UPDATE: Investigation into Lion Air crash – one week later

A few key new facts have emerged in recent days as the search for the plane fuselage and the investigations continue…

• Lion Air Flight 610 was intact with its engines running when it crashed at high speed into the Java Sea

• Investigators have already determined that Flight 610 did not explode in the air and was in “good shape” when it entered the water

• Investigators have confirmed there was a technical problem with the new Boeing 737 MAX 8 aircraft on the day of the crash

• Diving teams could no longer hear any signal from the cockpit voice recorder

• The plane’s other ‘black box’, the flight data recorder, was located last Thursday

• The plane had only recorded 19 flights, including last Monday’s flight

• On the day before, a passengers says the same plane “dropped as if it was losing power. It dropped about 400 feet”

The Lion Air Flight 610 was intact with its engines running when it crashed headlong into the Java Sea last Monday off the coast of Jakarta. The claim comes from the head of Indonesia’s National Transportation Safety Committee.

Soerjanto Tjahjono says that Flight 610 did not explode in the air and was in “good shape” before it literally fell out of the sky, killing all 189 people on board.

He was speaking with victims’ families today and claimed there were “technical problems” with the brand new Boeing 737 Max 8 aircraft when it took off last week. He did not elaborate on his claims or where he received the information.

Authorities have already confirmed the same plane, on a Bali-Jakarta flight the day before the crash, had experienced technical issues, including a sudden loss of altitude which was recorded on the flight path. The loss of altitude occurred at approximately the same time after take-off – around 10 minutes.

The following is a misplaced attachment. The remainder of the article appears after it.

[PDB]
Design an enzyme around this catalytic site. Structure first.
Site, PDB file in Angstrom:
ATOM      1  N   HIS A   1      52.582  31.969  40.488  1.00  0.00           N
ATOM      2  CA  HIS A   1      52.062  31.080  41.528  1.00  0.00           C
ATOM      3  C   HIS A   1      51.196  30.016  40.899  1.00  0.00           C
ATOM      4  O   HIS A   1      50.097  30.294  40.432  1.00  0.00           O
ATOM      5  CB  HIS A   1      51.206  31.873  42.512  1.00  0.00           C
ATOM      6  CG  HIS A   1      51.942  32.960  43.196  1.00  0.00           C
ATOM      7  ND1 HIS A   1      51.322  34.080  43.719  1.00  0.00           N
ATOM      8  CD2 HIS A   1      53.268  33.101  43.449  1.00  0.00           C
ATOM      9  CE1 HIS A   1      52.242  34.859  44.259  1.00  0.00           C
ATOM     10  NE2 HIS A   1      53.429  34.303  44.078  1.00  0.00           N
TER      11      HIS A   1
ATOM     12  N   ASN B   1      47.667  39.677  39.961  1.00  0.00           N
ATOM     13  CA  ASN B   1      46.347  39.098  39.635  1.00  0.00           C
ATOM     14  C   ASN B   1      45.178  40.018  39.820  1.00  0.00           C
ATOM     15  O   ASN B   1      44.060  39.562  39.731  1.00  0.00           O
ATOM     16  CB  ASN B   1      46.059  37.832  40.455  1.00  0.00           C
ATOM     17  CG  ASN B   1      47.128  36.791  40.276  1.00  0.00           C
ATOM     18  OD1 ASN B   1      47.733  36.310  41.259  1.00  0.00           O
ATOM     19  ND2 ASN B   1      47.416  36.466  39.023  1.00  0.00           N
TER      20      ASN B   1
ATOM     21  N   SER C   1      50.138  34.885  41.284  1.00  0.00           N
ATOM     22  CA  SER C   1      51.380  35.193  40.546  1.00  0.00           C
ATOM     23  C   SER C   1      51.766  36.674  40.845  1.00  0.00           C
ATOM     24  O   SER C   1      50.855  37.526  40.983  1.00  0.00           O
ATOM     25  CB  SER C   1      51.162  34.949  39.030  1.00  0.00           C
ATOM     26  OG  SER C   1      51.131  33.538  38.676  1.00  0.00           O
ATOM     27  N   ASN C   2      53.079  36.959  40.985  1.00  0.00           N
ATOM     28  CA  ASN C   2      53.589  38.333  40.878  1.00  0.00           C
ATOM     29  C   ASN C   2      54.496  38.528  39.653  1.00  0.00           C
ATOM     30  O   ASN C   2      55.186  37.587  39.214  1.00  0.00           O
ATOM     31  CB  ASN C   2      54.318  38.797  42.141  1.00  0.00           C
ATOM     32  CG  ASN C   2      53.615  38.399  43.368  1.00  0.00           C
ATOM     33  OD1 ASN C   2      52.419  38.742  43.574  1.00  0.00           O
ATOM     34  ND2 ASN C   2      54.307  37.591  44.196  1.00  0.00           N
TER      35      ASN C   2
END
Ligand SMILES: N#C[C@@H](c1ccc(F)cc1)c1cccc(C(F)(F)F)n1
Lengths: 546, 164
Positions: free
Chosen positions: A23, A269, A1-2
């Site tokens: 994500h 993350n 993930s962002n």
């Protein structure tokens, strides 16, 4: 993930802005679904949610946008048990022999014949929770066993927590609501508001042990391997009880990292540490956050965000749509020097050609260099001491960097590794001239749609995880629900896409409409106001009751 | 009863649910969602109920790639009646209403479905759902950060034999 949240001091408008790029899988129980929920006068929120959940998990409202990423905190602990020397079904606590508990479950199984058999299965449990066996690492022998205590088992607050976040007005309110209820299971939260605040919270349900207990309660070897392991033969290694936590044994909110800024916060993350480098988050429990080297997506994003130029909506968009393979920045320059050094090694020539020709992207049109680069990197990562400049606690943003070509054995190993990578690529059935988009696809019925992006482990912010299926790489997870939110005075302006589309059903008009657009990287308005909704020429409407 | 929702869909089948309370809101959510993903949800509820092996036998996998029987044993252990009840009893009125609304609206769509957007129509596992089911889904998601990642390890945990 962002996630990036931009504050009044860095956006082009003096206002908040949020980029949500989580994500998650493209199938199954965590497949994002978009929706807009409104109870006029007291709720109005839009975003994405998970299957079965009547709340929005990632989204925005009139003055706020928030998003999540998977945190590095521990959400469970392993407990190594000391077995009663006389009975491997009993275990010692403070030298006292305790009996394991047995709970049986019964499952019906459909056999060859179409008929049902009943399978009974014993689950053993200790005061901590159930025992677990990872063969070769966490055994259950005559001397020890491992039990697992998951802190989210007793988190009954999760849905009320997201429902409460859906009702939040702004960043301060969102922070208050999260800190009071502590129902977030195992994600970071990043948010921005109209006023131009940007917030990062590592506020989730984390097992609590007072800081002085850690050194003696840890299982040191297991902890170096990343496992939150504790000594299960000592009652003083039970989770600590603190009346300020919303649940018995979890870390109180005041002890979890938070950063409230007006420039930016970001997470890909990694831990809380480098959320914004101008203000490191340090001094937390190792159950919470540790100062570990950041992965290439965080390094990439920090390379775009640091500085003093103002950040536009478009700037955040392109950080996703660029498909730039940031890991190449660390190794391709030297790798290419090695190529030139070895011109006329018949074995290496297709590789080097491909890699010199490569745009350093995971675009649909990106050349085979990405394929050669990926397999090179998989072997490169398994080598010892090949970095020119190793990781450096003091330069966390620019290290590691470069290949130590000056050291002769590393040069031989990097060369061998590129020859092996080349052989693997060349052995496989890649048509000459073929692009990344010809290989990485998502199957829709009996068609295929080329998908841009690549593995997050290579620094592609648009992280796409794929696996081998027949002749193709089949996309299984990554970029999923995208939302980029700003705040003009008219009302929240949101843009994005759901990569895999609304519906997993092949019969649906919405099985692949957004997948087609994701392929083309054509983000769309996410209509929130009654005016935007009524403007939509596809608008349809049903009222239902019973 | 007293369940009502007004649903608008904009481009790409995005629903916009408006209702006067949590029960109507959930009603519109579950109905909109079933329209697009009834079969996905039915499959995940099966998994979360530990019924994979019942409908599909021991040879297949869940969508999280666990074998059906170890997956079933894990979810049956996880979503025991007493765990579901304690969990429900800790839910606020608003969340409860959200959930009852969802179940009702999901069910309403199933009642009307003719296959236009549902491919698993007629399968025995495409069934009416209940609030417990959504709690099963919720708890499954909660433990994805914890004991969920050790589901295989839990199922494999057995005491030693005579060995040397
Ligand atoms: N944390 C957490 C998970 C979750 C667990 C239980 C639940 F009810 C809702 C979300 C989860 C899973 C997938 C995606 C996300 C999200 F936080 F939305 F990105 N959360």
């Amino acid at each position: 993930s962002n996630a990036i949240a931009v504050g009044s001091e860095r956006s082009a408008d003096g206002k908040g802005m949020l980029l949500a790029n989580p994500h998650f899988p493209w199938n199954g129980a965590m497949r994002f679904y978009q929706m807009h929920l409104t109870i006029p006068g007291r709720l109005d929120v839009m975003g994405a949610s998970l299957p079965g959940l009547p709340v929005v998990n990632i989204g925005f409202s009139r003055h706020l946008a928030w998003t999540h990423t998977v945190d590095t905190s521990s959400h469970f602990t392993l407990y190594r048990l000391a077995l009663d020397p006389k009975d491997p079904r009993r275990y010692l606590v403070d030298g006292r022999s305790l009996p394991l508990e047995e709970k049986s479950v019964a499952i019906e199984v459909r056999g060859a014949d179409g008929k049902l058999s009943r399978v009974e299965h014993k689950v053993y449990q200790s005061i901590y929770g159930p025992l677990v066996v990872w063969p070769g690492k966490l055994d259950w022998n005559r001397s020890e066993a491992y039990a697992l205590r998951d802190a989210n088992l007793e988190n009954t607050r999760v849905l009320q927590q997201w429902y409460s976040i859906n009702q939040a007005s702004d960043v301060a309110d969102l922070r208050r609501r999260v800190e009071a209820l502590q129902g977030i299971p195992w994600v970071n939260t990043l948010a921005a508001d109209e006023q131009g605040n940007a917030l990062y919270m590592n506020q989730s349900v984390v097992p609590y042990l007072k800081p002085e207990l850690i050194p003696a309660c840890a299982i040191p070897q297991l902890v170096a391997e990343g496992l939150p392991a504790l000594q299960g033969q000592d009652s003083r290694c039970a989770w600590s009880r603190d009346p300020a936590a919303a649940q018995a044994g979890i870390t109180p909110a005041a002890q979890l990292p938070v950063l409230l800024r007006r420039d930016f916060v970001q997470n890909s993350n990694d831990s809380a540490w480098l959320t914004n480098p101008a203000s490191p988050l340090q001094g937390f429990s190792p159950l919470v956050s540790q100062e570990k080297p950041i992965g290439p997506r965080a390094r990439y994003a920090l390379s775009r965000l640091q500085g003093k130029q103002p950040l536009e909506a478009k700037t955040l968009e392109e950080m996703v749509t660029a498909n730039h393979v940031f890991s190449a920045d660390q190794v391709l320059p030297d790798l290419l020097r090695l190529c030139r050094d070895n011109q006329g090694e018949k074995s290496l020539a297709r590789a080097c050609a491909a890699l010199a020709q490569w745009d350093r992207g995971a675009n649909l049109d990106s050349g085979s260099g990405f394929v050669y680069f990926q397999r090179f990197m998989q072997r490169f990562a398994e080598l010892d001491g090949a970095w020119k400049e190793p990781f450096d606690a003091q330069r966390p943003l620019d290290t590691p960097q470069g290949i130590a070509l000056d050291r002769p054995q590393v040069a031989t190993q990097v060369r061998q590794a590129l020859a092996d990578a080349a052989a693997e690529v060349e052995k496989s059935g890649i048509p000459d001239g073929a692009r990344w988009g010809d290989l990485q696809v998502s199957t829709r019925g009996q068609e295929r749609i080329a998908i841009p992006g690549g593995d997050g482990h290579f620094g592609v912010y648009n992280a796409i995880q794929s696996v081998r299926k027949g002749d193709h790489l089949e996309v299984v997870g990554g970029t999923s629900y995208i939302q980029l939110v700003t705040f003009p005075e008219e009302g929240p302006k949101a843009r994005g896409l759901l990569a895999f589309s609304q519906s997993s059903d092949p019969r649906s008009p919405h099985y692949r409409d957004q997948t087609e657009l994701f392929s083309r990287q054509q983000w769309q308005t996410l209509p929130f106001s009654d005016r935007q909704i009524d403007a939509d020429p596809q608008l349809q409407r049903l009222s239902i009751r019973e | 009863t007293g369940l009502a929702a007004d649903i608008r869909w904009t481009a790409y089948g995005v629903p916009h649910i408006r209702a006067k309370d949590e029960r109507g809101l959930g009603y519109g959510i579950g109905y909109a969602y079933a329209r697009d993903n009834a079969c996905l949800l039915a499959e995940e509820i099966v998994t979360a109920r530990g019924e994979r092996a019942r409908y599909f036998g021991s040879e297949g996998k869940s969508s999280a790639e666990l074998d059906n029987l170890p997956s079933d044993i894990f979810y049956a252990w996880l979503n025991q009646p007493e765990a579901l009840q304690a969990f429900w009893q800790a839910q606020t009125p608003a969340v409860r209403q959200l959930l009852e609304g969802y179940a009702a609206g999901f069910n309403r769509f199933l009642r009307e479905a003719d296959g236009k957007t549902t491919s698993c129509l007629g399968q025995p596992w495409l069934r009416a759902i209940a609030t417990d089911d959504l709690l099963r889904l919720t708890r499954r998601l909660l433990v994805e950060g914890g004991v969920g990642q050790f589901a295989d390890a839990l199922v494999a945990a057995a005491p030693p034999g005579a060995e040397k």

Divers are continuing to comb the waters off Java island coast for the aircraft’s missing cockpit voice recorder (black box), which will likely shed vital clues on the plane’s final moments before it crashed.

The head of Indonesia’s Search and Rescue Agency says that after initially hearing a “ping” from the CVR on Saturday there has been silence ever since.

“We checked that spot, located around 50 metres from the location of finding the first black box. But haven’t been able to find the black box.”

The plane’s flight data recorder was recovered last Thursday and has already shown that the plane had only performed 19 flights, including its final flight. Aviation data experts from four countries are now going though the rest of the vital recorded data to piece together evidence about the doomed flight’s last minutes.

Analysts say finding the cockpit voice recorder is imperative and has implications for other airlines flying similar model 737s around the world.

The same Boeing 737 Max 8 jet had experienced a significant drop in altitude on a flight from Bali to Jakarta, according to passenger Robbi Gaharu.

“After 10 minutes in the air the plane dropped as if it was losing power. People panicked. It dropped about 400 feet. It felt like we were falling into “a really, really deep hole.” He says he was able to confirm the altitude drop on a flight-tracking website.

World News
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